Pointer v. State

Annotate this Case

467 S.W.2d 426 (1971)

Robert Eugene POINTER, Appellant, v. The STATE of Texas, Appellee.

No. 43770.

Court of Criminal Appeals of Texas.

May 26, 1971.

*427 Flintoft, Heacock & Ross by Fred M. Heacock, Houston, for appellant.

Carol S. Vance, Dist. Atty., Phyllis Bell and Frank Price, Asst. Dist. Attys., Houston, and Jim D. Vollers, State's Atty., Austin, for the State.



This is an appeal from a conviction for robbery by assault. Trial was before a jury and the court assessed the punishment at life.

The record reflects that on July 25, 1968, between 1 and 2 o'clock p. m., the appellant entered the premises of the Domestic Finance Company in Houston and pointed a pistol at several employees in the office, saying, "I want all your money." He took about $347. The employees present were Herman Hustedt (the manager), Mike Harper, Joe Brinson, Jan Manahan, and Mrs. Mickey Whitlock. He then made them go into the back of the office, threatening to shoot them if they came out. The appellant ran to a pick-up truck and left with a woman. Hustedt, Brinson, Harper and some police officers chased the appellant and apprehended him some 10 or 15 minutes later.

The appellant, in his brief, complains of the admission into evidence of certain testimony by several witnesses. No formal grounds of error are set forth. Art. 40.09 of the Vernon's Ann. Code of Criminal Procedure provides that the brief "shall set forth separately each ground of error of which the defendant desires to complain on appeal." Although it is doubtful whether the appellant's brief meets this requirement, in the interest of justice, we shall consider his complaints on their merit.

Several witnesses testified that the appellant was either a narcotics addict or under the influence of narcotics. The appellant alleges that these witnesses were not competent to testify because a proper predicate was not laid to qualify them as experts.

Officer J. L. Parker of the Houston Police Department testified in part, as follows:

"Q (By Mr. Price) Okay. What time did you see him? "A Oh, the first time, I guess it was around 2:30, 2:45, approximately. "Q Was there anything unusual about his physical appearance, his eyes, his speech, his manner of control, how he handled himself? "A He gave the appearance of a narcotics addict. *428 "Q Have you seen people under the influence of narcotics in your lifetime? "A Yes. "Q Based upon your past experience and what you observed about Robert Pointer, was it your opinion he was under the influence of narcotics? "A Yes."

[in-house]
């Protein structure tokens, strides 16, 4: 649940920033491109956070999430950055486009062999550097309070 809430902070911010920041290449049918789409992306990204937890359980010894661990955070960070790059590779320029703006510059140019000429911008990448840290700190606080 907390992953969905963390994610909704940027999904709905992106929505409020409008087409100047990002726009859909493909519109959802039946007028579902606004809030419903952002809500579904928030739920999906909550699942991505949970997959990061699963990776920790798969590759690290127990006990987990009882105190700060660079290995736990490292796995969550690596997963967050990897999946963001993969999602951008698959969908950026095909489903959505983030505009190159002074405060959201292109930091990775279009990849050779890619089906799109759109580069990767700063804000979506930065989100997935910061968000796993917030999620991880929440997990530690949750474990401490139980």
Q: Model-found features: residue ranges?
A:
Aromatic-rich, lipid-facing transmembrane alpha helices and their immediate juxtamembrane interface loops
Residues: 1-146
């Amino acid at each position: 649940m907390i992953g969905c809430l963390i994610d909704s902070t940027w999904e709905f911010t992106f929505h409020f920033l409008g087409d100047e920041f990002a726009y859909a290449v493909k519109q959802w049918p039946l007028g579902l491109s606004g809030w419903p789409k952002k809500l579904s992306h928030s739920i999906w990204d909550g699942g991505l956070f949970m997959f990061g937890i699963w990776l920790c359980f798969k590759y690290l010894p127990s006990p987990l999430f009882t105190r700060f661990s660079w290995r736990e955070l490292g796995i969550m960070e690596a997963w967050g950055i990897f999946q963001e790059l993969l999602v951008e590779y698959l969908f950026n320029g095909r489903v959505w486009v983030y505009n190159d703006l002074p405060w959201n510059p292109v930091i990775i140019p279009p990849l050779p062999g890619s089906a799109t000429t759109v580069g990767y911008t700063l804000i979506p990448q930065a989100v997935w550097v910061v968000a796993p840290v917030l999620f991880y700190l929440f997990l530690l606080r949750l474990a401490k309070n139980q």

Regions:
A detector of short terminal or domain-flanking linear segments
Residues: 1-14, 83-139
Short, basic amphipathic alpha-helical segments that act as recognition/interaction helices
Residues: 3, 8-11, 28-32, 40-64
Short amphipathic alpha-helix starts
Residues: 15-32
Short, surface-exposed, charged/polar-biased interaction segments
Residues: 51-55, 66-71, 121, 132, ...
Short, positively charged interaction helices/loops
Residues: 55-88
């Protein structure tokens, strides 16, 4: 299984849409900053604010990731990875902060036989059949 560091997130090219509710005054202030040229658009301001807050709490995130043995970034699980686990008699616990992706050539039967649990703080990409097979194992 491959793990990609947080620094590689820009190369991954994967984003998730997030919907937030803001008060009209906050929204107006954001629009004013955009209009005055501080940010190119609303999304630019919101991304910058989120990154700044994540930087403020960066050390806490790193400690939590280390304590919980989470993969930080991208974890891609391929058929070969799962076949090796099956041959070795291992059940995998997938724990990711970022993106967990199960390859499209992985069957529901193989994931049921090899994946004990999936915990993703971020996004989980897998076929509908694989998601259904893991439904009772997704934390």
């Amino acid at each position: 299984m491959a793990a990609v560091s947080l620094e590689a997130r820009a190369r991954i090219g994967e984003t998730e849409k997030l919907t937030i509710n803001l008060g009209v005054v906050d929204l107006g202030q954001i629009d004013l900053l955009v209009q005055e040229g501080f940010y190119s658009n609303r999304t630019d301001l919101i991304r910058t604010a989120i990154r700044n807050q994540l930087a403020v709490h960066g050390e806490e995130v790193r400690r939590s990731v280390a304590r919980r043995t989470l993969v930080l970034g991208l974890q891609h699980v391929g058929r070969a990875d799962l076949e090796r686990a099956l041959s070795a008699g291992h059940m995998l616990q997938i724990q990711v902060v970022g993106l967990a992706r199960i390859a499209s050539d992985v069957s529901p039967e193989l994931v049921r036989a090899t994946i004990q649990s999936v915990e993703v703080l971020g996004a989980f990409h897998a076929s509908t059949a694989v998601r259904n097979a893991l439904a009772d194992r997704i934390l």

Officer Parker thus testified that the appellant "gave the appearance of a narcotics addict" and appeared to be under the influence of narcotics. No objections were made to this testimony and nothing is presented for this Court to review.

The appellant refers to testimony by Officer Lester Tabor of the Houston Police Department, in which Tabor described the appellant at the time of his arrest. Tabor testified that the appellant's eyes were "glassy or glassed," that his speech was "rather slow and thick," and that he moved about clumsily. He also testified that, based upon his past experience in dealing with people under the influence of narcotics and upon his observations of the appellant, he formed the opinion that the appellant was under the influence of narcotics.

No objections were made to his testimony that the appellant was under the influence of narcotics. Therefore, that question is not before this Court to review.

Tabor's testimony as to the physical condition of the appellant was clearly admissible. Williams v. State, Tex.Cr.App., 464 S.W.2d 842.

The appellant also refers to the following testimony of Hustedt:

"Q Whatwas there anything unusual about him, his eyes, the movements that you noticed about him at the time you were robbed? "A Mr. Pointer did appear to be under the influence of narcotics. "MR. JEFFERSON: We object to that. "THE COURT: Yes, I'll sustain that."

Hustedt went on to testify that he had received instruction in the signs of narcotics while in the Air Force; that based upon his past experience, he believed that the appellant was under the influence of narcotics; and that he lacked coordination and had glassy eyes; and that his speech was slurred.

Again, the physical condition of the appellant, even including the fact that he was under the influence of narcotics, is a material circumstance to the commission of the offense. Williams v. State, supra. The fact that Hustedt had experience dealing with narcotics and had an opportunity to observe and did observe the appellant made him competent to form an opinion as to whether the appellant was under the influence of narcotics. See: Ex parte Droppleman, Tex.Cr.App., 362 S.W.2d 853.

There being no reversible error, the judgment is affirmed.